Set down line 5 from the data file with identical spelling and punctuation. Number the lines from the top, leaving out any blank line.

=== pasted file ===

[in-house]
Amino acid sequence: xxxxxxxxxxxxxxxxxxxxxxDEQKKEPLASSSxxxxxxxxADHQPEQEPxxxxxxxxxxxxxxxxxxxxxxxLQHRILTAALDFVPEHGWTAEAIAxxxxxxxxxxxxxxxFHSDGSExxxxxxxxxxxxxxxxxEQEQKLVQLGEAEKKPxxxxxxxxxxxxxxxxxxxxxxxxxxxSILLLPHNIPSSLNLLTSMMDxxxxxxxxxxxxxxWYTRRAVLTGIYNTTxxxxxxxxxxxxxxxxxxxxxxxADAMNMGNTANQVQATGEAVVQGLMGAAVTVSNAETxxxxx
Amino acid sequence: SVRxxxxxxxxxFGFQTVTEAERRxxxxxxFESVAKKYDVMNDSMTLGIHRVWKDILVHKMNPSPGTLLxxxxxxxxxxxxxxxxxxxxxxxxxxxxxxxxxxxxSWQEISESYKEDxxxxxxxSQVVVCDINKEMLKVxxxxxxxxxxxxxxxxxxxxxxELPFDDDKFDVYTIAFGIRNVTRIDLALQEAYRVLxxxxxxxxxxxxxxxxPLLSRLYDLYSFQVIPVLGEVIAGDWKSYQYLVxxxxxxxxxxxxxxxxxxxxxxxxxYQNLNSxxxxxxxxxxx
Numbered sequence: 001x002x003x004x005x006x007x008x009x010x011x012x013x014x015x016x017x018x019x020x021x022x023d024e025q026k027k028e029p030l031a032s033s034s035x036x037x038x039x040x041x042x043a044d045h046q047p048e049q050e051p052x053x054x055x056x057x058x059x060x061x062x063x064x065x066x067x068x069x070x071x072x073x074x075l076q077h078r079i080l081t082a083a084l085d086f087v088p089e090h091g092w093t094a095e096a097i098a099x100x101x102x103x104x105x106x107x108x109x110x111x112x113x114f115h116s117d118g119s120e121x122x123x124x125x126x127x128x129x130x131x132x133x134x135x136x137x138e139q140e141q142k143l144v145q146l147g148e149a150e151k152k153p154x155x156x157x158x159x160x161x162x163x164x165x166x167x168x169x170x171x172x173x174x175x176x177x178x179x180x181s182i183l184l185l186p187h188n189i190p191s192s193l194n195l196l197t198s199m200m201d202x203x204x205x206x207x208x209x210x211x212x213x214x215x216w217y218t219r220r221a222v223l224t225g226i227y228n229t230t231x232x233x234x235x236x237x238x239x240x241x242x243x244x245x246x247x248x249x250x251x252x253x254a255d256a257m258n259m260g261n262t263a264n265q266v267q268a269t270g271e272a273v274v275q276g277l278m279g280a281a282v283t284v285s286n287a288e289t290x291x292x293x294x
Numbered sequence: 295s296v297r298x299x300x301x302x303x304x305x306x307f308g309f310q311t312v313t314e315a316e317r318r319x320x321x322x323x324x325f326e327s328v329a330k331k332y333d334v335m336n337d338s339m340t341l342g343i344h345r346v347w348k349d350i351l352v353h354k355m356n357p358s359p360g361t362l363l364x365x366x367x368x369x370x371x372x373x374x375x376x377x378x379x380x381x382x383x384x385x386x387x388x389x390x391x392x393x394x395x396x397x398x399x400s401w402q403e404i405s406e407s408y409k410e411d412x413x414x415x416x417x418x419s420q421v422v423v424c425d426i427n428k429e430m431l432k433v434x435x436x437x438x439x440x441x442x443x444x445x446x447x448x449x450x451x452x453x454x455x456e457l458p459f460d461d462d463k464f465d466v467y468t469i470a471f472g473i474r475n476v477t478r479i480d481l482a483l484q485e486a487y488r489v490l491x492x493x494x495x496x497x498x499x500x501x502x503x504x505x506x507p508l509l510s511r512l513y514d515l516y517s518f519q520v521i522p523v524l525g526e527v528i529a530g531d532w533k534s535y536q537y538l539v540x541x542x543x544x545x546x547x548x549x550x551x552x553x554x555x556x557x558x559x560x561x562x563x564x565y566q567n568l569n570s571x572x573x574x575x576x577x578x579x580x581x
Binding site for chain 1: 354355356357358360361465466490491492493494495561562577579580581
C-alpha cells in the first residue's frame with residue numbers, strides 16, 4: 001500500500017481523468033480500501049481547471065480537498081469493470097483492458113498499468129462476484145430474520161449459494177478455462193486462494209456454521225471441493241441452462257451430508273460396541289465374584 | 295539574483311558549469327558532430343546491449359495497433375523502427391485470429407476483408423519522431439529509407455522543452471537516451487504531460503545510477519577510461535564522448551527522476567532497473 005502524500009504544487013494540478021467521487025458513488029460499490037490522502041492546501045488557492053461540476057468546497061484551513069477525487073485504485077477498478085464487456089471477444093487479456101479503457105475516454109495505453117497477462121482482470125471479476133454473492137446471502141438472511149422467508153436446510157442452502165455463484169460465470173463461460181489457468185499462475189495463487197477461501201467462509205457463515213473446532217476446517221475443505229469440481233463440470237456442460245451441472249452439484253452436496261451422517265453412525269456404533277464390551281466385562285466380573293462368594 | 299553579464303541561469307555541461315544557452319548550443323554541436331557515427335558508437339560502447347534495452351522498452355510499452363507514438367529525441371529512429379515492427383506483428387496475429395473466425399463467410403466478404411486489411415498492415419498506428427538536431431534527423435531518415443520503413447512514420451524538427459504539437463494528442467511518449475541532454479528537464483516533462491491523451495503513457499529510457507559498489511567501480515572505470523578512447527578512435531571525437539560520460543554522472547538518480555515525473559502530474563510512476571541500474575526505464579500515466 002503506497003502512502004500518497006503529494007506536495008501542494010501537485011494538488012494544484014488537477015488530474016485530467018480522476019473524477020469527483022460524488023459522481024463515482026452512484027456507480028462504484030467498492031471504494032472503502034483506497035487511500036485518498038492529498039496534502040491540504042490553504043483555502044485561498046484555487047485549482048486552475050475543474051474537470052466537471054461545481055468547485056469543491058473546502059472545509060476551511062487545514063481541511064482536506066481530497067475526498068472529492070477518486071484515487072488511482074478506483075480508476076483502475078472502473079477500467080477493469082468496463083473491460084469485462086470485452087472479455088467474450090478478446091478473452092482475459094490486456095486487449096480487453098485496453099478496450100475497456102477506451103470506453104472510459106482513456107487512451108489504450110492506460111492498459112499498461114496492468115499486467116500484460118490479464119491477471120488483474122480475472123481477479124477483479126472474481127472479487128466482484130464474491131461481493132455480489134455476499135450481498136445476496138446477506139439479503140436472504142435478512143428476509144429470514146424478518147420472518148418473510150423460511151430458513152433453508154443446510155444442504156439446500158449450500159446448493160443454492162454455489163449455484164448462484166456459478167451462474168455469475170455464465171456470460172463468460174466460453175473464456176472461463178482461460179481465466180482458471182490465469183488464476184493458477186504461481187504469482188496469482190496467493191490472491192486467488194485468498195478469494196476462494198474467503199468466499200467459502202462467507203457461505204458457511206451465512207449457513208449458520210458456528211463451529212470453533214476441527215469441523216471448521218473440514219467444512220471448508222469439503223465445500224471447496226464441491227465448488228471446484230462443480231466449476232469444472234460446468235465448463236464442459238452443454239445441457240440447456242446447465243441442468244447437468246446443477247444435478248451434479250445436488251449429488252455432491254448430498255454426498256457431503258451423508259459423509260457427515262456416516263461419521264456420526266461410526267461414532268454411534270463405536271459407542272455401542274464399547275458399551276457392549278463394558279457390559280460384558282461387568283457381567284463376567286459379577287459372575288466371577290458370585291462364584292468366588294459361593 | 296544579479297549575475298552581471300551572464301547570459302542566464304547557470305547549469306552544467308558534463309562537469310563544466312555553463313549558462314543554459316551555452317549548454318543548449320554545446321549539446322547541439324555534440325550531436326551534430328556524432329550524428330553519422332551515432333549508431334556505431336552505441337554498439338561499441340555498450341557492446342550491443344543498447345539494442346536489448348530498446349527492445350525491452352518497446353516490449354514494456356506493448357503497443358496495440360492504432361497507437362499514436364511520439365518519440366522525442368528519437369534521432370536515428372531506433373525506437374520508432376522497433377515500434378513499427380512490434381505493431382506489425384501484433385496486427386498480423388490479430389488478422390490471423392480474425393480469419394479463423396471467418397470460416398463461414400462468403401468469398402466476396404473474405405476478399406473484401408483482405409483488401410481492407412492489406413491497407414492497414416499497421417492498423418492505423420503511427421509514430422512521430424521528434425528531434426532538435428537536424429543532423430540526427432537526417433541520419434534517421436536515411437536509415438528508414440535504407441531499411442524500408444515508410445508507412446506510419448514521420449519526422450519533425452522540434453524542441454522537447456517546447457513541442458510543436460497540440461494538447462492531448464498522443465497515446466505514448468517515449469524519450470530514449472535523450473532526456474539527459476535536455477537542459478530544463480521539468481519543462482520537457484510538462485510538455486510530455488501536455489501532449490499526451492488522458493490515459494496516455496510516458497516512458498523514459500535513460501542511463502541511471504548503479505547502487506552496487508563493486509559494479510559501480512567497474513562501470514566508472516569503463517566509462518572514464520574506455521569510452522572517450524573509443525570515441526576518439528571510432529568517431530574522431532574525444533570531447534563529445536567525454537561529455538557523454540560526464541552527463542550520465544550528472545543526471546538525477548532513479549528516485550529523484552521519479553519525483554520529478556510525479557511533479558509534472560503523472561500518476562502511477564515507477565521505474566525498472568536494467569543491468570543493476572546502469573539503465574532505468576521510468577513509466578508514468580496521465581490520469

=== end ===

Numbered sequence: 295s296v297r298x299x300x301x302x303x304x305x306x307f308g309f310q311t312v313t314e315a316e317r318r319x320x321x322x323x324x325f326e327s328v329a330k331k332y333d334v335m336n337d338s339m340t341l342g343i344h345r346v347w348k349d350i351l352v353h354k355m356n357p358s359p360g361t362l363l364x365x366x367x368x369x370x371x372x373x374x375x376x377x378x379x380x381x382x383x384x385x386x387x388x389x390x391x392x393x394x395x396x397x398x399x400s401w402q403e404i405s406e407s408y409k410e411d412x413x414x415x416x417x418x419s420q421v422v423v424c425d426i427n428k429e430m431l432k433v434x435x436x437x438x439x440x441x442x443x444x445x446x447x448x449x450x451x452x453x454x455x456e457l458p459f460d461d462d463k464f465d466v467y468t469i470a471f472g473i474r475n476v477t478r479i480d481l482a483l484q485e486a487y488r489v490l491x492x493x494x495x496x497x498x499x500x501x502x503x504x505x506x507p508l509l510s511r512l513y514d515l516y517s518f519q520v521i522p523v524l525g526e527v528i529a530g531d532w533k534s535y536q537y538l539v540x541x542x543x544x545x546x547x548x549x550x551x552x553x554x555x556x557x558x559x560x561x562x563x564x565y566q567n568l569n570s571x572x573x574x575x576x577x578x579x580x581x